John Green and David Levithan
Dutton, 2010, 310 pp., $17.99ISBN: 978-0-525-42158-0
John Green (Looking for Alaska) and David Levithan (Boy Meets Boy) co-wrote Will Grayson, Will Grayson, an uproariously funny novel that problematizes traditionally received notions of friendship and love. In alternating chapters, Green and Levithan relate the narrative from the viewpoint of two teenage boys, both of whom are named Will Grayson, and both of whom are reluctant to invest themselves in the business of living for fear of getting hurt. When a series of unexpected events involving, amongst other things, a fake I.D., a porn shop, and an Internet romance gone bad conspire to bring the two Wills together, their lives--and the lives of those around them--intersect in ways no one could have anticipated.
Green's Will Grayson lives according to two rules: 1) don't care, and 2) shut up. Afraid of being hurt, he is reluctant to engage in relationships with others, and remains hidden in the shadow of his flamboyantly gay friend, Tiny Cooper. Tiny's nickname is, of course, ironic. A star on the high school's football team, and an over-sized personality, he is anything but small. He is also the antithesis of Will in so far as he pursues life with a reckless abandon and leaps enthusiastically into one relationship after another. Though Green admittedly has a distinctive voice, readers who are familiar with his work will likely find Will and Tiny reminiscent of characters who have come before them--think Miles and Chip in Looking for Alaska, or Colin and Hassan in An Abundance of Katherines.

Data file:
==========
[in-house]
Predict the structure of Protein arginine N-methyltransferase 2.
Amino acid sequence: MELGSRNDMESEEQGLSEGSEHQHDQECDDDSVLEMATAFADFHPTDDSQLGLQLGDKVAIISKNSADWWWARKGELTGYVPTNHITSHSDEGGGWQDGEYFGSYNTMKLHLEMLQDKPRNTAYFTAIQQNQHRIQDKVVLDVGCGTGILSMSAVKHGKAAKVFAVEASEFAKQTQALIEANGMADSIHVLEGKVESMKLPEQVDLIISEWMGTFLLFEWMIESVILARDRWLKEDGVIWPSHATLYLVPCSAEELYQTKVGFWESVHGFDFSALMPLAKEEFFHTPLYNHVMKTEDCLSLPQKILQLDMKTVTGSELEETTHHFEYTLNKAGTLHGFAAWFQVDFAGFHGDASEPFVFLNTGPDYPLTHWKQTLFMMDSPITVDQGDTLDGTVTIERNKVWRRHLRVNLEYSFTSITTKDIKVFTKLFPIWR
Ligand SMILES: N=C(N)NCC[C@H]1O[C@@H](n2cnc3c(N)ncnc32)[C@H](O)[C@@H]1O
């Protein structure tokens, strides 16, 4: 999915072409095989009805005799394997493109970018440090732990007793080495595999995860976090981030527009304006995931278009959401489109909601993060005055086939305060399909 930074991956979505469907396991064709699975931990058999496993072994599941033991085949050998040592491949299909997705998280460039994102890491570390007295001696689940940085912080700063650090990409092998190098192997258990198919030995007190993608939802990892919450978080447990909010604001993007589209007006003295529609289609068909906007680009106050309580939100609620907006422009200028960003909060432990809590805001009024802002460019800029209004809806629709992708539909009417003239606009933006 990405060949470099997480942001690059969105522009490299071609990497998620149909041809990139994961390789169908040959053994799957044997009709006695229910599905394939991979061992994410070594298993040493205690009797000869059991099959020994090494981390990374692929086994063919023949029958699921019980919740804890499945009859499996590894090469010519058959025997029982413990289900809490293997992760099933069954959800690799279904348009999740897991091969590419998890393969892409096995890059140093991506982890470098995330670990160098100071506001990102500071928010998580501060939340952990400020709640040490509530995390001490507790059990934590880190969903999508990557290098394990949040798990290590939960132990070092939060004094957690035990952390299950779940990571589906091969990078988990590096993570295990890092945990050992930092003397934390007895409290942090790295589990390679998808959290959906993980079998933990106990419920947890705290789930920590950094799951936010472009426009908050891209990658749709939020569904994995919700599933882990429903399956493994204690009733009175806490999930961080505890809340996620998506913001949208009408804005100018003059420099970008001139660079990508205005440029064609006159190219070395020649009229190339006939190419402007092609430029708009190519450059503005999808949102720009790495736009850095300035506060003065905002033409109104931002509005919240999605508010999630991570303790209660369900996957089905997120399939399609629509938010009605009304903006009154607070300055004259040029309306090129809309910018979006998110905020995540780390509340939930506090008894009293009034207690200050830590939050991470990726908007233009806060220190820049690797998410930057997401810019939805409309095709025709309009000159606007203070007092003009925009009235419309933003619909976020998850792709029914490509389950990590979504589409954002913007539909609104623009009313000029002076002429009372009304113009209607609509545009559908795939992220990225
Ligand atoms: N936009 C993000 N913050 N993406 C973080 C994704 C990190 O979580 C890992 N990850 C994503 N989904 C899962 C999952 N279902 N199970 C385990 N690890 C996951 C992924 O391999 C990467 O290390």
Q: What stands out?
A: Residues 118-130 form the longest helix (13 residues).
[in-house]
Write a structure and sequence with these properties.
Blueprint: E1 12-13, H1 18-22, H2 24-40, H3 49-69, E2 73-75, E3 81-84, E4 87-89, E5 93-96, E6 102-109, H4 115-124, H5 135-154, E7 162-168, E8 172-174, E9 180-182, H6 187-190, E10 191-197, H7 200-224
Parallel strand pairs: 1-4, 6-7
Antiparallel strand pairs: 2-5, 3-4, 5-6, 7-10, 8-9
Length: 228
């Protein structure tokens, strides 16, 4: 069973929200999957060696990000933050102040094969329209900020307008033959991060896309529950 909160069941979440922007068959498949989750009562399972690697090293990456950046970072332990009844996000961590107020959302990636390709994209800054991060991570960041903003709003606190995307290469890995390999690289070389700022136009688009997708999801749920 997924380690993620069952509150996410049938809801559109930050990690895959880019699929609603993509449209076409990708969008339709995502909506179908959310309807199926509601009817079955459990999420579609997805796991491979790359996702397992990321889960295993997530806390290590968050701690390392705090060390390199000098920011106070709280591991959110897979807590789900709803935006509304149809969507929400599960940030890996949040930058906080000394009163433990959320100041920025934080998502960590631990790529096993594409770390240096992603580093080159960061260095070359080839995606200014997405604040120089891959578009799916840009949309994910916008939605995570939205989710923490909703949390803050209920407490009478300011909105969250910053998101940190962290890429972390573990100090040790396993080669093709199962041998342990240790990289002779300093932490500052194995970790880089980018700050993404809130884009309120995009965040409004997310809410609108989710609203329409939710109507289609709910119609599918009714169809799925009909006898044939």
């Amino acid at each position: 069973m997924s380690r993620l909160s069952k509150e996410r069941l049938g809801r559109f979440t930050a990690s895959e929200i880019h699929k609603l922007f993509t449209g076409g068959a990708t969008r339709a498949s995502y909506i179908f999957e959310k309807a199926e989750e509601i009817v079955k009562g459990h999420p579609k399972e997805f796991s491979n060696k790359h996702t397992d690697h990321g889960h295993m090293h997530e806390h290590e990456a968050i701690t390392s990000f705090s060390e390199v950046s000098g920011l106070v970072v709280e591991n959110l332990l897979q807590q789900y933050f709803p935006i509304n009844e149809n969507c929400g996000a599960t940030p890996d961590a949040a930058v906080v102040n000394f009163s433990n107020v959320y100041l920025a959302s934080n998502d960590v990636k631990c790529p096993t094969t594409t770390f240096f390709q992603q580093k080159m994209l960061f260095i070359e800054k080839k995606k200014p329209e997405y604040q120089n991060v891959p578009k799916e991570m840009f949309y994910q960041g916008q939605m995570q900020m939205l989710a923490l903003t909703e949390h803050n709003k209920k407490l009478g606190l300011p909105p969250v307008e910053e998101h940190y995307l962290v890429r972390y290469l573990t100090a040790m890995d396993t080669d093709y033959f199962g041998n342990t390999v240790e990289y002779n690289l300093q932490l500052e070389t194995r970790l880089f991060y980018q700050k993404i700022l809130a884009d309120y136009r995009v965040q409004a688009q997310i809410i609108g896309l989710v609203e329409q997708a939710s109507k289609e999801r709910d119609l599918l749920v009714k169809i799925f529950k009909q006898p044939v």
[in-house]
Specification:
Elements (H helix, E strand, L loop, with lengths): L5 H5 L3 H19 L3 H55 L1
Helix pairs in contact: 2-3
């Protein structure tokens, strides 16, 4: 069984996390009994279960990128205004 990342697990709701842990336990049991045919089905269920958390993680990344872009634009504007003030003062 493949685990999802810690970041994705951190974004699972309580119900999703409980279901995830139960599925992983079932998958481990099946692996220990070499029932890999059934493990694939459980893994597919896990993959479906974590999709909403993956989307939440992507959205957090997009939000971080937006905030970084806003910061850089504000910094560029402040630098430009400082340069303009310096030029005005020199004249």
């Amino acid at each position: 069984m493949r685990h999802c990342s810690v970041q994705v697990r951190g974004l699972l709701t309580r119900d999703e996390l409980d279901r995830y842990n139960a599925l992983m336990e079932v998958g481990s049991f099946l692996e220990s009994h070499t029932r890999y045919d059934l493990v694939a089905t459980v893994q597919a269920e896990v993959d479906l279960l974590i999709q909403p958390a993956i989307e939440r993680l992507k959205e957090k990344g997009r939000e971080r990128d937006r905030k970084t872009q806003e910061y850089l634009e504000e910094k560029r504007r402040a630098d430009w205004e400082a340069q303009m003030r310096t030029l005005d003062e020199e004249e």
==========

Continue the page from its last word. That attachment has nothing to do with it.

In contrast, Levithan's Will suffers from chronic depression, and does his best to keep those who would befriend him at a distance. Unable to recognize any good in himself, and unsure how to tell others he is gay, the character exists in a state of self-imposed isolation, sabotaging those who would befriend him. It is not until he meets the other Will Grayson, and, through him, Tiny, that he is given the impetus he needs to question his self-destructive tendencies.
Like Green, Levithan respects the intellect of his audience, and in this novel both authors challenge readers to think critically about complex issues, something that can't always be said of those who write for adolescents. As funny as the novel is, it is also thought provoking, and it treats sensitive issues with considerable respect. Will Grayson, Will Grayson will appeal to a number of teenagers, though the inclusion of strong language and sexual references make it a book for mature readers.